Doucet: “I think historically Israel has investigated its own incidents. It has not wanted international involvement. It believes that…you know Israel has always been regarded as having very strong judicial institutions. Of late questions have been raised about that but it has investigated and at times has been found to be wanting and fault has been found with the way Israel has responded to incidents like this. So I think it’s very much in keeping with how Israel responds to it. It is interesting the United Nations tried to introduce a new resolution at the UN Security Council last week and the only one who voted for it was the United States.”

Iqbal then gave Doucet the obviously pre-arranged cue for promotion of some remarkable speculation:

Iqbal: “Let’s talk in the brief time that we have left about the Iran nuclear deal which the BBC also asked Benjamin Netanyahu about. When Netanyahu says that the sanctions are already going to be put in place, that the deal is dead and that that isn’t going to change, do you think that the ultimate goal here of the United States and Mr Netanyahu is regime change in Iran? To put so much pressure on the country…because there have been appeals to the Iranian people by…specifically by the Secretary of State Pompeo and Mr Trump.”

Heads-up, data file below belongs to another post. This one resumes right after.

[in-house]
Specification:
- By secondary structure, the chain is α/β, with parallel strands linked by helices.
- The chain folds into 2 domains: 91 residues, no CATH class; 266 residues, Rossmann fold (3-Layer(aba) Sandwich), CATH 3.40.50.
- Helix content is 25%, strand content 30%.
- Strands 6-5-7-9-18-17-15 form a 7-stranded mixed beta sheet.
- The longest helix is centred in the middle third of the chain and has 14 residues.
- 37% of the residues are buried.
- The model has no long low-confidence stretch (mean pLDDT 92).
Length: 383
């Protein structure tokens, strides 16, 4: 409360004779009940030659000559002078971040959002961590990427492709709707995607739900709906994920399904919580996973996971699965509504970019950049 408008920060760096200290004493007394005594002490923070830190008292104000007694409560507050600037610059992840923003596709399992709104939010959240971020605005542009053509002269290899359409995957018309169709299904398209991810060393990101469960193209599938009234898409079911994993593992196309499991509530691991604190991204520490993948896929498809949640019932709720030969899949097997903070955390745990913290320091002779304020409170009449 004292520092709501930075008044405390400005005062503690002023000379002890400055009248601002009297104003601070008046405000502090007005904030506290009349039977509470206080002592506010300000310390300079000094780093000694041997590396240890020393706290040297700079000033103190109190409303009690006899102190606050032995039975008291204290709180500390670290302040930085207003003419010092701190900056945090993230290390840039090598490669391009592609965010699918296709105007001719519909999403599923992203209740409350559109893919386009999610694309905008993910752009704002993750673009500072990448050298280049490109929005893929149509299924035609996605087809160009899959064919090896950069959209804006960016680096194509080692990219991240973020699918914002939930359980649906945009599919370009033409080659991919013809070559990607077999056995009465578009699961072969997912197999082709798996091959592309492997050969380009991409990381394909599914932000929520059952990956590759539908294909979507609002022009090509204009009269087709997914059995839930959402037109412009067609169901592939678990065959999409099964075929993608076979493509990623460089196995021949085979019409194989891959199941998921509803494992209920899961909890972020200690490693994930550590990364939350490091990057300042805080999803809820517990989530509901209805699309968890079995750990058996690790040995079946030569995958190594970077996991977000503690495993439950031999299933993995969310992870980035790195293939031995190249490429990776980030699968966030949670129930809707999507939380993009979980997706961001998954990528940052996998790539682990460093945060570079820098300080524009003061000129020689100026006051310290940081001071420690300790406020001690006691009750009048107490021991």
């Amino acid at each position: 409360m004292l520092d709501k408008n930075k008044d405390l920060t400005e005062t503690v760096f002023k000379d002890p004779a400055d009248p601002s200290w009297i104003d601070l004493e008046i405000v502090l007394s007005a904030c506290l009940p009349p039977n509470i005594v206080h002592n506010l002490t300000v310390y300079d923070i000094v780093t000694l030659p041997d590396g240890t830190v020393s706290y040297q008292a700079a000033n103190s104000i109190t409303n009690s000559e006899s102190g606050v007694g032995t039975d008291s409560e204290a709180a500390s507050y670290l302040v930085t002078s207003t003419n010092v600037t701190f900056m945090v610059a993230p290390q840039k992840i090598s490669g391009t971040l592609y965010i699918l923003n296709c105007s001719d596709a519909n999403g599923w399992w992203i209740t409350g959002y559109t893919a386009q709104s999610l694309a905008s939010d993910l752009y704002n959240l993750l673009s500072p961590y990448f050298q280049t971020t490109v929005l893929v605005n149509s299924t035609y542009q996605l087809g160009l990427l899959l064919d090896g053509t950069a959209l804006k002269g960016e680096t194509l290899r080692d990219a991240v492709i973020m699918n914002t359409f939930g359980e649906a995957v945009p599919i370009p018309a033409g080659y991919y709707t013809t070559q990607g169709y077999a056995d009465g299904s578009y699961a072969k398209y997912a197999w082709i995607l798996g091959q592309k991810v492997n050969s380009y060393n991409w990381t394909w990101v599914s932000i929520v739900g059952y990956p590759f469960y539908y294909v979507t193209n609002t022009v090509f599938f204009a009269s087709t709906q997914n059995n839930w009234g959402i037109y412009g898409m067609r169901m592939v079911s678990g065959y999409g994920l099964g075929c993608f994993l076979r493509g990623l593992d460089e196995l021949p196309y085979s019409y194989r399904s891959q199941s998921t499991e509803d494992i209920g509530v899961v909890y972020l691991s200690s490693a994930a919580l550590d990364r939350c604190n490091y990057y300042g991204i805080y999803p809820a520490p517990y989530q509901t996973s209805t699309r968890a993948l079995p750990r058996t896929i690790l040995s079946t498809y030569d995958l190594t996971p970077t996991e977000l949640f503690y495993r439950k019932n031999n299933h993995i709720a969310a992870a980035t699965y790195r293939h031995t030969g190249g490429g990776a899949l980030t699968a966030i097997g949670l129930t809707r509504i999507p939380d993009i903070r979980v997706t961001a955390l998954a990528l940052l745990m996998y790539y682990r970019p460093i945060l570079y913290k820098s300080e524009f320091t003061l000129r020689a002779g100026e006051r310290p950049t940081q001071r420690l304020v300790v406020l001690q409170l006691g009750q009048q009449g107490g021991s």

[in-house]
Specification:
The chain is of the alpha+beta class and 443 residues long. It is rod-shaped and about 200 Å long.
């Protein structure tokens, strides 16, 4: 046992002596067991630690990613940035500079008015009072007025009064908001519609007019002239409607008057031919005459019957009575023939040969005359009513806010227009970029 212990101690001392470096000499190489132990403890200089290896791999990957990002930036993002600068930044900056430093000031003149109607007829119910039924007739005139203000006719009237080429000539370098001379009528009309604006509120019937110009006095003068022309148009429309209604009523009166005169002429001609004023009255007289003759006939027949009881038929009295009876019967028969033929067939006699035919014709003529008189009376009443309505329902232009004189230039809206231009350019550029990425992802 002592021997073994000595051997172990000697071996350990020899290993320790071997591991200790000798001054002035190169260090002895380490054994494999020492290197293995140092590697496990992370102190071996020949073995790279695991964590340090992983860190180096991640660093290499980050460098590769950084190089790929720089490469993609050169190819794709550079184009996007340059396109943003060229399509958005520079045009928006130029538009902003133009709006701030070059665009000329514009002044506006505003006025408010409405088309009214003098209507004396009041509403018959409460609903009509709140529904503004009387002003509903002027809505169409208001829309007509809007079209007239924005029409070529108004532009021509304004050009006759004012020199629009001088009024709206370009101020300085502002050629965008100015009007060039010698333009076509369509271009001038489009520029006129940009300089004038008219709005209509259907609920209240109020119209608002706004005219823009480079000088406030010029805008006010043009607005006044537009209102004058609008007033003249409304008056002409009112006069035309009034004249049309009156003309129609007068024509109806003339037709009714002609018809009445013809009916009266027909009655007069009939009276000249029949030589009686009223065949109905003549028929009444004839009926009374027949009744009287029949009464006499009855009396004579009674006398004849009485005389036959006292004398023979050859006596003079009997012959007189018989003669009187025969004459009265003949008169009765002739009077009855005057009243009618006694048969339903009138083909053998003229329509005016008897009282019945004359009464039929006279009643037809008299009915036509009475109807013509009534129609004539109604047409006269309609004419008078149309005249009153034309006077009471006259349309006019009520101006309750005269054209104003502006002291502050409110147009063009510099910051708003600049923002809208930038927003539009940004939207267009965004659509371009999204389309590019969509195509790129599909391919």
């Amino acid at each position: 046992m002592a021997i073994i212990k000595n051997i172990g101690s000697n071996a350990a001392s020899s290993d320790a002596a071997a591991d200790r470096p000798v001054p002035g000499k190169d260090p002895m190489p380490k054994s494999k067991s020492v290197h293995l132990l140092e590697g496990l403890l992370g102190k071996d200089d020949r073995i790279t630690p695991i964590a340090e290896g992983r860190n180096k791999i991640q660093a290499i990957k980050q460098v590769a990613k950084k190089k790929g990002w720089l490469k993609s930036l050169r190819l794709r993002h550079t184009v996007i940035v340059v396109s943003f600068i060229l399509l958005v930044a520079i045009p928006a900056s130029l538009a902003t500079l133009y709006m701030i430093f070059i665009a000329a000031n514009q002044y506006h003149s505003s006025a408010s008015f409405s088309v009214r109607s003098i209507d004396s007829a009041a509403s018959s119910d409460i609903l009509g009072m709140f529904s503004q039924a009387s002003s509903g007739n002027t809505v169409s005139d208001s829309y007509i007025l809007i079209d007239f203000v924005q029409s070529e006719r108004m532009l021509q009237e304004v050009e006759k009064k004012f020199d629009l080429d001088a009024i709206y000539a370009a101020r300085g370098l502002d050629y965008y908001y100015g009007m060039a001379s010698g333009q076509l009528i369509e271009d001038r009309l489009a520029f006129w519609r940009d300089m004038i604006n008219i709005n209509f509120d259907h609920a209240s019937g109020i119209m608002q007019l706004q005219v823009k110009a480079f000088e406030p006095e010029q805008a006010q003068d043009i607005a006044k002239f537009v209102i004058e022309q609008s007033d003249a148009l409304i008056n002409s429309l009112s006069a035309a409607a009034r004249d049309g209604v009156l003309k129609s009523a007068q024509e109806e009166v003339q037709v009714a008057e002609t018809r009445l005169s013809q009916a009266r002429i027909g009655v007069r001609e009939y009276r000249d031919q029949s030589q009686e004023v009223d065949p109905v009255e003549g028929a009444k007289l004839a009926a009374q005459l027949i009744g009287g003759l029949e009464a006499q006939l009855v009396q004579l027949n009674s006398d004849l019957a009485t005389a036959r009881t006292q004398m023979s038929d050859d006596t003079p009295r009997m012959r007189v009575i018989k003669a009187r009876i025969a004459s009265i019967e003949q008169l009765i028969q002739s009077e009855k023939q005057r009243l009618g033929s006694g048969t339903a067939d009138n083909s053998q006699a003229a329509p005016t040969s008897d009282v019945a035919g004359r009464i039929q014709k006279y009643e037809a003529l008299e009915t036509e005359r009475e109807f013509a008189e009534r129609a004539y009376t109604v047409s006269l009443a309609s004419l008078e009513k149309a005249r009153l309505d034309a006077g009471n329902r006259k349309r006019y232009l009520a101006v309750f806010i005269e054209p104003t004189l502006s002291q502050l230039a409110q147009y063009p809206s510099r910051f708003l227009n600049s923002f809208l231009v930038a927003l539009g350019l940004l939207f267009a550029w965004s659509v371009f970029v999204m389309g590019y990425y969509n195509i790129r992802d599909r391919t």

Doucet: “Israel has never hid its desire to see regime change in Iran. Prime Minister Netanyahu has always seen Iran as an existential threat to Israel. That hasn’t been helped by some of the comments that come out of some of the more radical politicians and clerics in Iran. And what you have now in power is you have Prime Minister Netanyahu in Israel, you have Donald Trump in the White House, you have Mohammed bin Salman in Saudi Arabia. They want to see an end to the theocracy in Iran. President Trump’s…his national security advisor now, John Bolton, has for the years he was out of power been associating with groups which are bent on regime change in Iran. There were speeches about how he wants to see regime change in Iran. That is widely seen to be the real agenda behind trying…proclaiming the nuclear deal is dead. The nuclear deal is all but dead but the European…European powers who also signed the deal – Russia, China – they are trying to save the deal but there is a real worry that without the United States and with not just US sanctions but the secondary sanctions against any other companies who do business in Iran, it will be all but impossible to save the deal.”